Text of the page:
Since everyone is most likely at home, with a bit more time on their hands, I thought it only appropriate to delve into the topic of our immune system.
With the ongoing COVID-19 pandemic, now more than ever, it is essential to understand what your immune system is and how you can help to keep it functioning well (and what that means).
Over the coming weeks, we'll be talking about all things immune system, starting today, with a brief overview of what our immune system is, how it works and where it's located.
Fig 1: A cell preparing for battle with a virus
The Immune System
Simply put the immune system has the job of detecting foreign invaders of the body, such as toxins, viruses, bacteria, and any other compounds or organisms that don't belong to us, and might cause us harm.
The immune system can distinguish between healthy and unhealthy cells by identifying what is known as "danger-associated molecular patterns (DAMPs). Infectious microbes (such as the coronavirus) release a set of signals recognised by the immune system as pathogen-associated molecule patterns (PAMPs). 
Fig 2: Healthy vs Diseased lungs, alveoli & epithelium.
There are two main branches of our immune system known as our innate immune system and our adaptive immune system.
Innate Immune System
This is our bodies non-specific first line of defence for trying to keep nasty things out and includes:
Physical/ structural barriers (like mucous in the nasal passage)
Chemical barriers (like stomach acid)
Protective cells (like our natural killer (NK) cells, white blood cells that can destroy harmful invaders)
Adaptive Immune System
The is a more specialised branch of the immune system that kicks in when the innate immune system has prevented the infiltration of a pathogen.
It fights infections by preventing pathogens from colonising and destroys microorganisms like virus and bacteria with an army of T cells and B cells. These are specialised white blood cells that mature in the thymus and bone marrow, respectively.
Fig 3: Immune system cells (natural killer, t and b cells)
And what's amazing about our immune system is that they have a "memory" of sorts. Once they've recognised and identified a certain pathogen they adapt to fight it. This is where the phrase "building immunity" comes from - generally strengthening the adaptive immune systems ability to recognise and identify hostile invaders. This is the premise on which vaccinations work - exposing your body to a tiny dose of a pathogen, and it will know what to do when confronted with a bigger one.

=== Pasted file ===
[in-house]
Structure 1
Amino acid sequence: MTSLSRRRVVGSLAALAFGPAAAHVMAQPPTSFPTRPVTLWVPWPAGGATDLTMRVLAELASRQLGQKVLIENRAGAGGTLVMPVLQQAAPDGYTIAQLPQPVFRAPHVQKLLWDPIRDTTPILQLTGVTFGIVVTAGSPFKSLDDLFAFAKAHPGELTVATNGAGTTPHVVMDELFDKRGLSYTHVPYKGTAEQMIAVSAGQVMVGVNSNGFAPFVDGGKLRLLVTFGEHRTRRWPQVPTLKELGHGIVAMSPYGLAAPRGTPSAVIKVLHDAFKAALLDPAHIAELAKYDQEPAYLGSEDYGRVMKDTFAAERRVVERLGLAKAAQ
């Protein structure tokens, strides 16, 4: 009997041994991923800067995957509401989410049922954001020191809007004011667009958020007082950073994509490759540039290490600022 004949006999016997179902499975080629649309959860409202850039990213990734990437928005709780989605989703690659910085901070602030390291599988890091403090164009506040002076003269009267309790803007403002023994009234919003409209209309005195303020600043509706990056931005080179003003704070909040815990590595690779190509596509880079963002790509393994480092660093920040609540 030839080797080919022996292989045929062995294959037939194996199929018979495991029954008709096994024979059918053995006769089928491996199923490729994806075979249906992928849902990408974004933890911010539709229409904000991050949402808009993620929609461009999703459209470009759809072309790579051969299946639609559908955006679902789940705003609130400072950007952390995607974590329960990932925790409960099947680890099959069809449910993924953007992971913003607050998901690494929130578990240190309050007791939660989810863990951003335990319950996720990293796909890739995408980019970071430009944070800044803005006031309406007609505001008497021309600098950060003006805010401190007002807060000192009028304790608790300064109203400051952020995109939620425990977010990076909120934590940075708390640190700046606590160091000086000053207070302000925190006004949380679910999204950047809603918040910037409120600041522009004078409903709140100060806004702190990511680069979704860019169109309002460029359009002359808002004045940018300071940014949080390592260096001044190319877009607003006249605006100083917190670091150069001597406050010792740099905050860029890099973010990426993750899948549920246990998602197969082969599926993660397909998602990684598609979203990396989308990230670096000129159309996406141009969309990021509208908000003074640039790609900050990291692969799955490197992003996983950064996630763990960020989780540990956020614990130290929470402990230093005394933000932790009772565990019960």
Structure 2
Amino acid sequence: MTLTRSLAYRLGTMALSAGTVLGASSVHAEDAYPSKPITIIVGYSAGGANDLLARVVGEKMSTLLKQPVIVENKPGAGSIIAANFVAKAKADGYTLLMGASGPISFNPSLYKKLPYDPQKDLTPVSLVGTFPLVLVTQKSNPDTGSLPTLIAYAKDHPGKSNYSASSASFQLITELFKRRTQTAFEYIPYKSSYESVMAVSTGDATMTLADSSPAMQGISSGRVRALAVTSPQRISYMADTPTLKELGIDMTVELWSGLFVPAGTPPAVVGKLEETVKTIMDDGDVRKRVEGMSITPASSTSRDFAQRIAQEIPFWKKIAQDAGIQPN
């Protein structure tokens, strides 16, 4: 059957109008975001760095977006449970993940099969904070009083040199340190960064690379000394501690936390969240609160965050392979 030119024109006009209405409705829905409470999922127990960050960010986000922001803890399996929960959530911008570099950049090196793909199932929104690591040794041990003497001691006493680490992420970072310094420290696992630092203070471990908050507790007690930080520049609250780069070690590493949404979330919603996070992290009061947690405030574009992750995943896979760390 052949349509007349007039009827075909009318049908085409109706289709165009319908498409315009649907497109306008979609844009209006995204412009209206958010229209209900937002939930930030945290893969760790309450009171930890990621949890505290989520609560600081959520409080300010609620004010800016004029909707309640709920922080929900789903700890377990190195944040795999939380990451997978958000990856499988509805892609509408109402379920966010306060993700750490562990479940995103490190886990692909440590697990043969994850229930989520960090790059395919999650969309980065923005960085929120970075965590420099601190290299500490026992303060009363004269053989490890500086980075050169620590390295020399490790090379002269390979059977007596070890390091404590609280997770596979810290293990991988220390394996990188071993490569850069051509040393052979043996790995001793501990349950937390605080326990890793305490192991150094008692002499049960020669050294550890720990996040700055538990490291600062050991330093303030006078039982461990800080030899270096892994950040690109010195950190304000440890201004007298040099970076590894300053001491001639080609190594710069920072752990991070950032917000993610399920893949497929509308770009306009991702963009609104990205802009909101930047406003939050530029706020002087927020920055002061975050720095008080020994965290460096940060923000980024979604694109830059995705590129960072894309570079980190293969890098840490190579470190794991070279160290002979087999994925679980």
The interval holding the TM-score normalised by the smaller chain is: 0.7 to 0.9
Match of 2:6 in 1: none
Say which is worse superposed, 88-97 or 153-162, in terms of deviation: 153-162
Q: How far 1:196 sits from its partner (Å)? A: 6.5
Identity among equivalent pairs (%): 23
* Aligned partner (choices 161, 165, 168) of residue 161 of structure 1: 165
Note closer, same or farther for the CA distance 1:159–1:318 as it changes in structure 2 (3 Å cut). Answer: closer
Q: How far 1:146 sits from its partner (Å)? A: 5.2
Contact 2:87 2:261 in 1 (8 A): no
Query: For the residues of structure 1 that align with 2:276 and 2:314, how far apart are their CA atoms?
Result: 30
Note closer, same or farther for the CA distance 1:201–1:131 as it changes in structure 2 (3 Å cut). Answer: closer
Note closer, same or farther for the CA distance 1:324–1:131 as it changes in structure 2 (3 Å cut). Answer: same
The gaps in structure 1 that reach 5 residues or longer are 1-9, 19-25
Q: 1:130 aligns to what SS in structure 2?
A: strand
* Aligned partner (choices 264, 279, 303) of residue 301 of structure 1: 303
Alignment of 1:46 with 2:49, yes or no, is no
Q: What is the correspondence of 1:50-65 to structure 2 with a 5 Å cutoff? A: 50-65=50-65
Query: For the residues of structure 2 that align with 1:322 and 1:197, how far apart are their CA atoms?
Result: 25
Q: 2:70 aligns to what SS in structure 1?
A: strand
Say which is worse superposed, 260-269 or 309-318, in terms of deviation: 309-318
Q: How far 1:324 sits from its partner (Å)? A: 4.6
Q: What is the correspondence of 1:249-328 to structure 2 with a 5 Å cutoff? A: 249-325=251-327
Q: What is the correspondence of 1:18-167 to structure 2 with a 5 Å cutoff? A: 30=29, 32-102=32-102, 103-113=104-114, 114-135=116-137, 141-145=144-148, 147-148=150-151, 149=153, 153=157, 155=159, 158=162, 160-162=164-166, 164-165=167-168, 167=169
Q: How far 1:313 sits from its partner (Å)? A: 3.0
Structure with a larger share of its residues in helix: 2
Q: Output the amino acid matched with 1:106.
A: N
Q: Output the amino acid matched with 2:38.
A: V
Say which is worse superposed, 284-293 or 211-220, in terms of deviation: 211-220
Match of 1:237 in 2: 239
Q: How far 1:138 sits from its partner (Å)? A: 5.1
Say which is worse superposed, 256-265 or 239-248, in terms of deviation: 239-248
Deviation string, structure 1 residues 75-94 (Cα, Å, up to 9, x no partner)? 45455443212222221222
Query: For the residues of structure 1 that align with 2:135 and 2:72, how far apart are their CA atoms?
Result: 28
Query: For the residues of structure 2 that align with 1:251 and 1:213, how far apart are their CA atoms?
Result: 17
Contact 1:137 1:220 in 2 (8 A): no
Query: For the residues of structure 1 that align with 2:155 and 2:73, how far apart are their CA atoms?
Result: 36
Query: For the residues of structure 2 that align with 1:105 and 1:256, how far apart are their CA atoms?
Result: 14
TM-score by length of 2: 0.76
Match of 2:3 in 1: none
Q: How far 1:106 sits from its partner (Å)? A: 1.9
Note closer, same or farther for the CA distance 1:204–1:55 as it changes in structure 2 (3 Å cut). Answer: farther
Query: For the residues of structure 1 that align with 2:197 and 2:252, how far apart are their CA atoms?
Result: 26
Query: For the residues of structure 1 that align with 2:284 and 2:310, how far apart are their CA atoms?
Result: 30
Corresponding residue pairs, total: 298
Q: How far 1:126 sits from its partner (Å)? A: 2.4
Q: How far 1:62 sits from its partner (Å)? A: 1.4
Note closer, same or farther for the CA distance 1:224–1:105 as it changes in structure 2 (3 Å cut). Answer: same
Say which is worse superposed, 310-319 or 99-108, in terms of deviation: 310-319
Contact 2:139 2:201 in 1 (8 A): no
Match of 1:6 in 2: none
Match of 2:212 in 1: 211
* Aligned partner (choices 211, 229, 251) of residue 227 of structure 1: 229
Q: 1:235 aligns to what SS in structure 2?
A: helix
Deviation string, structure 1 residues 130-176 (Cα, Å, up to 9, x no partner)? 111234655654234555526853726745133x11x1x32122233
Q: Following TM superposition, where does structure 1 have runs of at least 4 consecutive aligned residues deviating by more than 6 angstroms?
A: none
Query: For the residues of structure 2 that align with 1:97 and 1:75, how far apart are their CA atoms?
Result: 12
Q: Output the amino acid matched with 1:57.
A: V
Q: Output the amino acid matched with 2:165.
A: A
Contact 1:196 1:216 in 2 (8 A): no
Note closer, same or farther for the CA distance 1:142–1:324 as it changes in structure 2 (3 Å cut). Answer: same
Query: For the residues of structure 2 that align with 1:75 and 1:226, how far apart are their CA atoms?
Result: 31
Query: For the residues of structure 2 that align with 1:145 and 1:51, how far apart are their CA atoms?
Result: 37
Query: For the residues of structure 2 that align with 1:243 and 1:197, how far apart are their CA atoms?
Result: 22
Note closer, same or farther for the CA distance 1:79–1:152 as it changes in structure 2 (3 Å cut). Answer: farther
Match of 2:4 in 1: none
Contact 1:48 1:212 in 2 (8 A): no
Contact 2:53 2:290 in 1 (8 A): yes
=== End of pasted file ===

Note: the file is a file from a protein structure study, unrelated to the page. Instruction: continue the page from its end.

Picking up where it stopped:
Where Is The Immune System?
As previously mentioned a lot of the specialed immune system cells are produced in the bone marrow. But they lie dormant in what's known as the lymphatic system.
The lymphatic system is a network of vessels and tissues that act as a highway for immune cells to be carried through. The immune cells converge at lymph nodes, which are found throughout the body.
The lymph nodes are little communication hubs where immune cells gather information bought in from the body. For example, if an adaptive immune cell in the lymph node recognises a virus brought in from a distant area, they will activate, replicate and leave to fight the pathogen. Thus if you are suffering from swollen lymph nodes you are having an active immune response to a foreign invader.
Fig 4: Lymphatic System and Lymph Nodes
Inflammation Is Good... In Moderation
Inflammation is what we call the response of our immune system to pathogens, damaged cells and toxic compounds. So inflammation is a defence mechanism that is vital to our health.